A World of Discovery - Great Lakes Zoological Society Conservation Center and Rescue - A Great Family Destination!

Pet Care

Check out our reptile care sheets:

Bearded Dragon
Red-eared Slider
Ball Python
Savannah Monitor
Green Iguana
Bearded Dragon

To more fully understand the world of monitor lizards, visit the Biawak website. Biawak is the official peer-reviewed journal of the International Varanid Interest Group.

We at the GLZS do not endorse most monitor lizards at pets. They are very large, can be dangerous and require special diets, special care, and room sized enclosures. There are many smaller, better choices of reptile pets.

Reptiles have very specific housing and environmental needs. Temperature, humidity, UVB light, and diet. Here are a few general guidelines to reptile care, though each species has its own unique needs; an arid region animal will have different care requirements than a tropical one. Check into the the species you are caring for when setting up its enclosure.

  1. Temperature: For digestion of food and maintaining a healthy immune system
    1. For many reptiles a proper ambient, or cool area, temperature is 78-82 deg F.
    2. Many reptiles need a basking spot ranging from 90 to 110 deg F depending on the reptile species. Some species require a higher temperature.
    3. To maintain a basking spot, yet maintain proper ambient temperatures, a large enclosure is necessary
  2. Humidity: To minimize dehydration, gout, uric acid, and chronic kidney disease
    1. Many exotic reptiles are from the tropics and require 80-100% relative humidity
    2. Even when a reptile is not from the tropics, 50-70% relative humidity is likely its normal requirement
    3. Even reptiles from arid environments often live in burrows which have much higher humidity than the surface humidity
  3. UVB (Ultraviolet B): UVB light is necessary for vitamin D3 production which is needed to metabolize calcium which is needed for proper bone growth, especially in juvenile reptiles
    1. Without proper amounts of UVB and Calcium, juvenile reptiles will develop metabolic bone disease.
    2. For reptiles requiring basking lights, mercury vapor lights are most effective at providing UVB.
    3. UVB lights need to be checked for output and changed as UVB output drops.
    4. UVB meters can be purchased at http://www.solarmeter.com/
    5. Download Exo Terra's lighting guide here: http://exo-terra.com/download/lighting_guides/Exo_Terra_Lighting_Guide_EN.pdf
  4. Diet: Proper nutrition allows for healthy growth, organs, bones, and skin
    1. All species of monitor lizard (Varanus) do not eat the same diet: Not all monitor lizards eat rodents, for example:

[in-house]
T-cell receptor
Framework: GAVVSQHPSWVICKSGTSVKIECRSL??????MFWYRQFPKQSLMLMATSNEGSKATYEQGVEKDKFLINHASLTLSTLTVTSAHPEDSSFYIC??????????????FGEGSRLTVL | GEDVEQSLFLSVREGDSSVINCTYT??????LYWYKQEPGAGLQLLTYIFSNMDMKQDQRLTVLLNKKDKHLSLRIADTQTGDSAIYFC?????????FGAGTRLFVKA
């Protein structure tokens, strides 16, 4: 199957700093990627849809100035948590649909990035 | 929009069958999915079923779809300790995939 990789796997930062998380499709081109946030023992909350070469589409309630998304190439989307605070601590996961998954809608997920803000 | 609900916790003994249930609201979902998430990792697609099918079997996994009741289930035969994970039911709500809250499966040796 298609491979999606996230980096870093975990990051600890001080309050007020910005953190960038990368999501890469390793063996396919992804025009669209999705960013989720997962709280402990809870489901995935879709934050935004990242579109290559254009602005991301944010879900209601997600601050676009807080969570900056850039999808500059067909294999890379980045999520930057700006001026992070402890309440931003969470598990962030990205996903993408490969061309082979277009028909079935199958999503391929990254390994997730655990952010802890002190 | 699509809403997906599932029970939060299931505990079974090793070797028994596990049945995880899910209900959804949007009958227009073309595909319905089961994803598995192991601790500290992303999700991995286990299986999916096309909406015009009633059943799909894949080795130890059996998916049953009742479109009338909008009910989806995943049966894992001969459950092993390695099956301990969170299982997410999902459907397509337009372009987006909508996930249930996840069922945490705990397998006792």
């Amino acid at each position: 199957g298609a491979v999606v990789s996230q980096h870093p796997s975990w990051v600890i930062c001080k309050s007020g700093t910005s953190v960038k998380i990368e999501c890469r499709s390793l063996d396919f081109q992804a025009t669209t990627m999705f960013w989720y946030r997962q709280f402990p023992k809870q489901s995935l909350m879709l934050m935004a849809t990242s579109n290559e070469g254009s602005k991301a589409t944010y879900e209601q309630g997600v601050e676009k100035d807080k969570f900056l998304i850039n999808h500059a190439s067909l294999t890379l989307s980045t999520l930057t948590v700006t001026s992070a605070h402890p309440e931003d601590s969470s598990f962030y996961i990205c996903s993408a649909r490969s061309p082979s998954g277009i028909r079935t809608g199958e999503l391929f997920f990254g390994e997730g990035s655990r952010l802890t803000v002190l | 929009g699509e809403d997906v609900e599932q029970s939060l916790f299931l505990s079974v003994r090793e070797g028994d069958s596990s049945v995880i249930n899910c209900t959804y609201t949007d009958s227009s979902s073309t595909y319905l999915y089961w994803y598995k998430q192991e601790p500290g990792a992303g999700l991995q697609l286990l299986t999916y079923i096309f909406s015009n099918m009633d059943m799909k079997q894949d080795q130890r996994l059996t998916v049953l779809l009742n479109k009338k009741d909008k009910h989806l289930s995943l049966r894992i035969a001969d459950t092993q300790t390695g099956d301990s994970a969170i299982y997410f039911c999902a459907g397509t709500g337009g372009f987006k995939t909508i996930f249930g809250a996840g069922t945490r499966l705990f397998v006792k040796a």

• E.g. Varanus albigularis (rock monitor) will die young of heart disease and lipidosis if fed rodents. This animal eats invertebrates in the wild and should be fed a diet high in insects, snails, and crayfish, with some eggs.
      • V. prasinus group (tree monitors) are insectivores and should only be fed gut loaded insects.
      • V. rudicollis (rough neck monitor) eats primarily crabs in the wild and this should be considered in captivity. Crayfish is a good substitute for crabs.
    2. All tortoises do not eat the same diet
      • Redfoot tortoises can be fed a high nutritious diet of collard, dandelion, and mustard greens with other vegetables like squash, sweat potato, and beets added.
      • However, Sulcata tortoises, from the African savanna, feed on high fiber grasses. In captivity, sulcatas can free feed on Timothy hay with supplemental lettuce, squash, sweet potato, and carrots for hydration.
      • We feed our pancake tortoises 70% high fiber/moisture and 30% high nutrition salad
  5. Supplements: Calcium for proper bone growth and vitamins for proper health
    1. There are no hard and fast rules on how to measure supplements for your reptiles; however, too little and too much is unhealthy.
    2. Without proper amounts of UVB and Calcium, juvenile reptiles will develop metabolic bone disease.
    3. UVB helps to regulate vitamin D3 which helps to minimize over production of vitamin D3 and excess calcium build-up in the organs and muscles.
    4. A multivitamin may be offered about once to twice a week for most reptiles

Some reptiles should not be kept as pets. This list includes giant snakes such as the Burmese python, reticulated python, rock pythons, anacondas, scrub pythons, and crocodilians, venomous snakes and lizards, and most monitor lizards. All of these animals are too large and/or dangerous for most individuals to house and to handle. Please leave it up to zoos and experts to properly house and handle these reptiles.

Before buying a pet animal read a book! There are lots of good books and websites on captive care of exotic pets.